The need for the world to transition to a net-zero economy is more urgent than ever. Find out how stakeholders can accelerate this transition with IoT.
Modern science has irrefutably proven that irreversible climate damage is inevitable unless global net human-caused carbon emissions fall by around 45% from 2010 levels by 2030 and reach net zero – the state in which emissions released into the atmosphere equal those removed from the atmosphere – by 2050.
However, balancing total contributed emissions with the amount extracted from the atmosphere is easier said than done. Energy generation, distribution, and consumption metrics largely remain unpredictable due to the complexity of operations. Moreover, many companies do not have a unified view of their energy and carbon footprints. As a result, they often fail to point out viable energy conservation and emission reduction opportunities.
Fortunately, new-age technologies like the Internet of Things can help fill the gap. With IoT, stakeholders in the energy value chain can get real-time visibility into the energy consumption and emissions of specific areas, equipment, and processes and make impactful steps toward achieving their net-zero targets.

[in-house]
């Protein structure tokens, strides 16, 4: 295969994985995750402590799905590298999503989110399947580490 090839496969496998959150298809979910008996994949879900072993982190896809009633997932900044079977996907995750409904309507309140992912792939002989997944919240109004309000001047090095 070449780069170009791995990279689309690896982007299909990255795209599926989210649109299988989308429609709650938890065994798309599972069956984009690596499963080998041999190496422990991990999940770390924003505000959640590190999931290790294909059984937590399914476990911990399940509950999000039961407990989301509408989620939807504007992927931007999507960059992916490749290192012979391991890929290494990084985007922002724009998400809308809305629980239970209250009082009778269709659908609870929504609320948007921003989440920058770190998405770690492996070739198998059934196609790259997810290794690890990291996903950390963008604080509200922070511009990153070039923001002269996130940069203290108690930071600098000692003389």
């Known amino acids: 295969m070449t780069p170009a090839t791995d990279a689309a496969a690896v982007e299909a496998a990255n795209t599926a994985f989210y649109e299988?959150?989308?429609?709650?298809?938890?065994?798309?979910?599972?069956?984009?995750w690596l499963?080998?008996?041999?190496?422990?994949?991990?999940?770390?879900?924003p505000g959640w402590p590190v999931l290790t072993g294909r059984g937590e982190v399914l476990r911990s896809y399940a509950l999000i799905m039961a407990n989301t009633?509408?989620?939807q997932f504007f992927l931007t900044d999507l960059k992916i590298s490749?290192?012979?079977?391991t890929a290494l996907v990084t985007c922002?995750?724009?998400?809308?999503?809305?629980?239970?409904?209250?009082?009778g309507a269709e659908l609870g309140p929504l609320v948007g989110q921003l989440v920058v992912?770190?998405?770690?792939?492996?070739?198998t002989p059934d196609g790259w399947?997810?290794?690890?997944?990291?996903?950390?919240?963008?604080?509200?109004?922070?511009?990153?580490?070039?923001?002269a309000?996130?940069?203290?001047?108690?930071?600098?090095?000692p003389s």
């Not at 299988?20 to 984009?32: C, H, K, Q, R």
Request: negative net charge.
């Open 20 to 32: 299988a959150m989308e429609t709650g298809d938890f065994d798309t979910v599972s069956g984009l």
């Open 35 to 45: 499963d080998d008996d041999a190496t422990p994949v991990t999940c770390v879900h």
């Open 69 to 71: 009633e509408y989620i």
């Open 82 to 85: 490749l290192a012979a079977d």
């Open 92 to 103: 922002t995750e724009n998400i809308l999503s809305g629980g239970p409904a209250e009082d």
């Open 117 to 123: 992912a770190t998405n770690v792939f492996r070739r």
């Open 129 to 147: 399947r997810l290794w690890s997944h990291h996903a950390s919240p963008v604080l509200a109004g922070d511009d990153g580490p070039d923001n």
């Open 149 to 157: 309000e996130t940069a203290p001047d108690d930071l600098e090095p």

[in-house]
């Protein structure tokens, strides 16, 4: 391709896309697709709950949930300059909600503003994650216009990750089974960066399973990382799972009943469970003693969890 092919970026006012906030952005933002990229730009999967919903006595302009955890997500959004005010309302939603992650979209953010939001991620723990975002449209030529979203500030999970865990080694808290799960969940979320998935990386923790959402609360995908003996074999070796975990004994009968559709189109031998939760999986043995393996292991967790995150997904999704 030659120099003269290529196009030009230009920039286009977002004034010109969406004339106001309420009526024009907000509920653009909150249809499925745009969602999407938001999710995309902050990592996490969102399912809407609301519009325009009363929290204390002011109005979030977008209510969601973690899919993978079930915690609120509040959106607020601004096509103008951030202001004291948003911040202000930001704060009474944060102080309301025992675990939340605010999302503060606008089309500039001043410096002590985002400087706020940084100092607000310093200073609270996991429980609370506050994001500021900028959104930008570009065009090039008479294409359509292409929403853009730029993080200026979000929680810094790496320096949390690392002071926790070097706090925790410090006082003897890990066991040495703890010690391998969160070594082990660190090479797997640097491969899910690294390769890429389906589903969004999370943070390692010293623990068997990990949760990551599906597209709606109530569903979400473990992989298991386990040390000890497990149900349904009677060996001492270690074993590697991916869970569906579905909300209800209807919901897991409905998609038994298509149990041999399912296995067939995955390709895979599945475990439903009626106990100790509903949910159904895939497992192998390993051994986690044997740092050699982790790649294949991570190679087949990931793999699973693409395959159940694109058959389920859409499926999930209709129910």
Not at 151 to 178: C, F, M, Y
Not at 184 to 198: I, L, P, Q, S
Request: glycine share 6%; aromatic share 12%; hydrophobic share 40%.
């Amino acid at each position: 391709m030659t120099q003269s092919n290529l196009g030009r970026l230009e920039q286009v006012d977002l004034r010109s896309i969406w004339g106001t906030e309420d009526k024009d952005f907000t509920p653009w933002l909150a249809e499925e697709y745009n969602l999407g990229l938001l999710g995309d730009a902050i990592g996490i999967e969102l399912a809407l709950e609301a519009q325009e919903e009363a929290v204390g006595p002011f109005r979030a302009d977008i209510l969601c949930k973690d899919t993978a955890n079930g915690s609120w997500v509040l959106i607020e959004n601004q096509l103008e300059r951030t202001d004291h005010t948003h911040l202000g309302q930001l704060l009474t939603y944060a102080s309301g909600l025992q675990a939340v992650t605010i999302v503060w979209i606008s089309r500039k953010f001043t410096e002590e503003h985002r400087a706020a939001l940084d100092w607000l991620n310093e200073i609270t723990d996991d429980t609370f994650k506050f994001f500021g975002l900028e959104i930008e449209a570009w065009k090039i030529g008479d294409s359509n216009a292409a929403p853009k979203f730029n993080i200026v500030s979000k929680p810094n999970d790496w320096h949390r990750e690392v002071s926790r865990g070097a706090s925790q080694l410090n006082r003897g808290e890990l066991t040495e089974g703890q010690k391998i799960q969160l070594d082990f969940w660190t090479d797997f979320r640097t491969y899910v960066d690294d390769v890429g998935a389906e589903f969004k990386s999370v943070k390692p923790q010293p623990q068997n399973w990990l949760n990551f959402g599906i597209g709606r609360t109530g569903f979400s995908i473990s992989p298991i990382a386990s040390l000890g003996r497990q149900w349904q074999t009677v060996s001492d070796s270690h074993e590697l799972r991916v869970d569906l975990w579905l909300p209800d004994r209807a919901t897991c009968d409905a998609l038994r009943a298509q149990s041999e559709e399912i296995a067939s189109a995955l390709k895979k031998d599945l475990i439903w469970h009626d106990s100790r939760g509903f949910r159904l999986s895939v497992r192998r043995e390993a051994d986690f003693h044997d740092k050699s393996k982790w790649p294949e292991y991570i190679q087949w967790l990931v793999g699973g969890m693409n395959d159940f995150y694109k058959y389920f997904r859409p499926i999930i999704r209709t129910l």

Today's article explores how IoT can help the world's top emitters realize valuable untapped potential in reducing their carbon footprints for a sustainable future.
The urgent need for unified climate action
from the United Nations' Intergovernmental Panel on Climate Change (IPCC) indicates that global temperatures will likely surpass pre-industrial levels by more than 1.5°C during at least one of the years between 2022 and 2026.
One year of exceedance does not mean the world will breach the 1.5°C Paris Agreement threshold. Nevertheless, it reveals that we are edging closer to a future where temperatures will go beyond this level for an extended period, resulting in more frequent and intense heat waves, floods, droughts, and other extreme weather events. If the current emission levels persist, over 200 million people
will become climate refugees by 2050 due to environmental disasters.
Climate experts endorse a rapid, holistic approach to mitigating and adapting to climate change, supported by technology-led solutions across different sectors and sub-sectors. A unified view of current energy consumption and emissions is critical to decarbonizing on a global scale.